Liberty of Conscience Threatened, Part 3
Catholicism & Protestantism—More Similar Today?
The Roman Church now presents a fair front to the world, covering with apologies her record of horrible cruelties. She has clothed herself in Christlike garments; but she is unchanged. Every principle of the papacy that existed in past ages exists today. The doctrines devised in the darkest ages are still held. Let none deceive themselves. The papacy that Protestants are now so ready to honor is the same that ruled the world in the days of the Reformation, when men of God stood up, at the peril of their lives, to expose her iniquity. She possesses the same pride and arrogant assumption that lorded it over kings and princes, and claimed the prerogatives of God. Her spirit is no less cruel and despotic now than when she crushed out human liberty and slew the saints of the Most High.
The papacy is just what prophecy declared that she would be, the apostasy of the latter times. 2 Thessalonians 2:3, 4. It is a part of her policy to assume the character which will best accomplish her purpose; but beneath the variable appearance of the chameleon she conceals the invariable venom of the serpent. “Faith ought not to be kept with heretics, nor persons suspected of heresy” (Lenfant, volume 1, page 516), she declares. Shall this power, whose record for a thousand years is written in the blood of the saints, be now acknowledged as a part of the church of Christ?
It is not without reason that the claim has been put forth in Protestant countries that Catholicism differs less widely from Protestantism than in former times. There has been a change; but the change is not in the papacy. Catholicism indeed resembles much of the Protestantism that now exists, because Protestantism has so greatly degenerated since the days of the Reformers.
As the Protestant churches have been seeking the favor of the world, false charity has blinded their eyes. They do not see but that it is right to believe good of all evil, and as the inevitable result they will finally believe evil of all good. Instead of standing in defense of the faith once delivered to the saints, they are now, as it were, apologizing to Rome for their uncharitable opinion of her, begging pardon for their bigotry.
A large class, even of those who look upon Romanism with no favor, apprehend little danger from her power and influence. Many urge that the intellectual and moral darkness prevailing during the Middle Ages favored the spread of her dogmas, superstitions, and oppression, and that the greater intelligence of modern times, the general diffusion of knowledge, and the increasing liberality in matters of religion forbid a revival of intolerance and tyranny. The very thought that such a state of things will exist in this enlightened age is ridiculed. It is true that great light, intellectual, moral, and religious, is shining upon this generation. In the open pages of God’s Holy Word, light from heaven has been shed upon the world. But it should be remembered that the greater the light bestowed, the greater the darkness of those who pervert and reject it.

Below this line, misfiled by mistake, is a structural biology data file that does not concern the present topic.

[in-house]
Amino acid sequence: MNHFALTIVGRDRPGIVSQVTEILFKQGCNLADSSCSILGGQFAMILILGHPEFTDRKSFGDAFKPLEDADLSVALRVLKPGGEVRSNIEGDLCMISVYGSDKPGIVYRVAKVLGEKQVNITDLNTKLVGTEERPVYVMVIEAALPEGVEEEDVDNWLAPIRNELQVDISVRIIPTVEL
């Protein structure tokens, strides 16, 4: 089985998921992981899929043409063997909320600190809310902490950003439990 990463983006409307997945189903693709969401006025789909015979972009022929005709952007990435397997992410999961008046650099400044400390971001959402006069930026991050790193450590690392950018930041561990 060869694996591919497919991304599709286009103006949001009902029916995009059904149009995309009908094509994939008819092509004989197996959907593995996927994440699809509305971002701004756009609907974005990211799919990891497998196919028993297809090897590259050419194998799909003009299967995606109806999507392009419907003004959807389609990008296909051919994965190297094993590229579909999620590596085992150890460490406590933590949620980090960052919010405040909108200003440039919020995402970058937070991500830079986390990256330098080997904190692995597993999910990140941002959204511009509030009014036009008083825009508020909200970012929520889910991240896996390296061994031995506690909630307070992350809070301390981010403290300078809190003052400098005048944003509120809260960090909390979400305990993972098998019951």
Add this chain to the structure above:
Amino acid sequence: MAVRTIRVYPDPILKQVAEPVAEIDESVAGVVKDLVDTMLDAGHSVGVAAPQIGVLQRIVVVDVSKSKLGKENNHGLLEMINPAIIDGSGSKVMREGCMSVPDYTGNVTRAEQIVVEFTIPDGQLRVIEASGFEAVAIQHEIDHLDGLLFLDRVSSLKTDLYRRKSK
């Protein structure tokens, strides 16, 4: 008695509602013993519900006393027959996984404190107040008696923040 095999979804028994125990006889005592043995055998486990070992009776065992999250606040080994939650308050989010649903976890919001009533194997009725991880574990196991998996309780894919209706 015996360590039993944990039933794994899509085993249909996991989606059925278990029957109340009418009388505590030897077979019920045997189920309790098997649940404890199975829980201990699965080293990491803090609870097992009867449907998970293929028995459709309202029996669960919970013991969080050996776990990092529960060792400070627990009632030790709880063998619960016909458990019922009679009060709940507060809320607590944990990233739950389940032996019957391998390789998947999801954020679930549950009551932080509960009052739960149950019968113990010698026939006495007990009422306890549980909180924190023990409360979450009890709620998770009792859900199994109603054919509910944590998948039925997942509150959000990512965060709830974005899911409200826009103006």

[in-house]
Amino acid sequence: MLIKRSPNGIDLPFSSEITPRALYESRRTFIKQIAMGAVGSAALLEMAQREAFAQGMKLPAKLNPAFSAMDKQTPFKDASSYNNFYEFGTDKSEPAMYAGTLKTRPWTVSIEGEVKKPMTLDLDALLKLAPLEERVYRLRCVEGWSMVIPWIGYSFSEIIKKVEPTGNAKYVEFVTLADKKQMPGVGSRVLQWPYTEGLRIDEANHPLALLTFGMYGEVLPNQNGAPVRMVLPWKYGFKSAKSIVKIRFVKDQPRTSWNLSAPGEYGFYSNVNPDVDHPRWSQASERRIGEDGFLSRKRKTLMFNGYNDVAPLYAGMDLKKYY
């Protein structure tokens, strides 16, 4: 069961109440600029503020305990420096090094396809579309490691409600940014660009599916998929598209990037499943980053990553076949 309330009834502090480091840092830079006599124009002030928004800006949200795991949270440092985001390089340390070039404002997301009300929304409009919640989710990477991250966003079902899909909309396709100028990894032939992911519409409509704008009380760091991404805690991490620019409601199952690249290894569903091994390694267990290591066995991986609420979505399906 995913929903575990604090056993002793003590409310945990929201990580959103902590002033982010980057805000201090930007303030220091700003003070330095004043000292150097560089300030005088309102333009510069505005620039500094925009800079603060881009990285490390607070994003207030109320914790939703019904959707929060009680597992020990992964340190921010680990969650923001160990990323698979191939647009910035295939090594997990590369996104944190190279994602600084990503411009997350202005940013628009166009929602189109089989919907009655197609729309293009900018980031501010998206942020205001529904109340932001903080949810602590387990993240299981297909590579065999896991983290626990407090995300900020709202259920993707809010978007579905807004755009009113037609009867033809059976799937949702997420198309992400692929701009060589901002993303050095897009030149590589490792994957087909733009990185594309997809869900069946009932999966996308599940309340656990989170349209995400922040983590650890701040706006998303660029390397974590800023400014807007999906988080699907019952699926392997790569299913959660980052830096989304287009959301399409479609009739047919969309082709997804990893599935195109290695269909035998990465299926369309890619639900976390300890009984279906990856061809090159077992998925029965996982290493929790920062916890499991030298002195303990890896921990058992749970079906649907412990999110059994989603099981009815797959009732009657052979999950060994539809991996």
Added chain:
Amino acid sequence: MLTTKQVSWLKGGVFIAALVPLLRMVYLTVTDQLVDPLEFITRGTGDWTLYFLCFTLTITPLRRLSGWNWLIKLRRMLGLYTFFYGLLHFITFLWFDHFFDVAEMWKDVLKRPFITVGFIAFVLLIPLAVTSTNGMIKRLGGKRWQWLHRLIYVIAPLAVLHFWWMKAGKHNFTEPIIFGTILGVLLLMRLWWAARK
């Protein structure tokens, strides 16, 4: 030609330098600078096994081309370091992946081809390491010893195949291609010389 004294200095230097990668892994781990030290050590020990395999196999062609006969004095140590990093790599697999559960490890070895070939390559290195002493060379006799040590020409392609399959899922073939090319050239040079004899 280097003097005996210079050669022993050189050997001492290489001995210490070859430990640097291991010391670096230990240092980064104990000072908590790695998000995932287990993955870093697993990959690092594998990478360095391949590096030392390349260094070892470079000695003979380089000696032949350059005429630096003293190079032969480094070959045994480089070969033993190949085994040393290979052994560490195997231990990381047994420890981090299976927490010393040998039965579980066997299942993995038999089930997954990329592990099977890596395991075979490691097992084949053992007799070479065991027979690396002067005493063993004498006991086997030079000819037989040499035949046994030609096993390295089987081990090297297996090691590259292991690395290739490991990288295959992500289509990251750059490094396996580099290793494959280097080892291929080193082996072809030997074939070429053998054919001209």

A prayerful study of the Bible would show Protestants the real character of the papacy and would cause them to abhor and to shun it; but many are so wise in their own conceit that they feel no need of humbly seeking God that they may be led into the truth. Although priding themselves on their enlightenment, they are ignorant both of the Scriptures and of the power of God. They must have some means of quieting their consciences, and they seek that which is least spiritual and humiliating. What they desire is a method of forgetting God which shall pass as a method of remembering Him. The papacy is well adapted to meet the wants of all these. It is prepared for two classes of mankind, embracing nearly the whole world—those who would be saved by their merits, and those who would be saved in their sins. Here is the secret of its power.
A day of great intellectual darkness has been shown to be favorable to the success of the papacy. It will yet be demonstrated that a day of great intellectual light is equally favorable for its success. In past ages, when men were without God’s word and without the knowledge of the truth, their eyes were blindfolded, and thousands were ensnared, not seeing the net spread for their feet. In this generation there are many whose eyes become dazzled by the glare of human speculations, “science falsely so called;” they discern not the net, and walk into it as readily as if blindfolded. God designed that man’s intellectual powers should be held as a gift from his Maker and should be employed in the service of truth and righteousness; but when pride and ambition are cherished, and men exalt their own theories above the word of God, then intelligence can accomplish greater harm than ignorance. Thus the false science of the present day, which undermines faith in the Bible, will prove as successful in preparing the way for the acceptance of the papacy, with its pleasing forms, as did the withholding of knowledge in opening the way for its aggrandizement in the Dark Ages.
The Great Controversy, pp. 571-573
Next part: Liberty of Conscience Threatened, Part 4: The Church’s Efforts to Enforce Sunday Worship
All Scriptures are quoted from the New King James Version, including those originally quoted by Ellen White from the King James Version.—Editors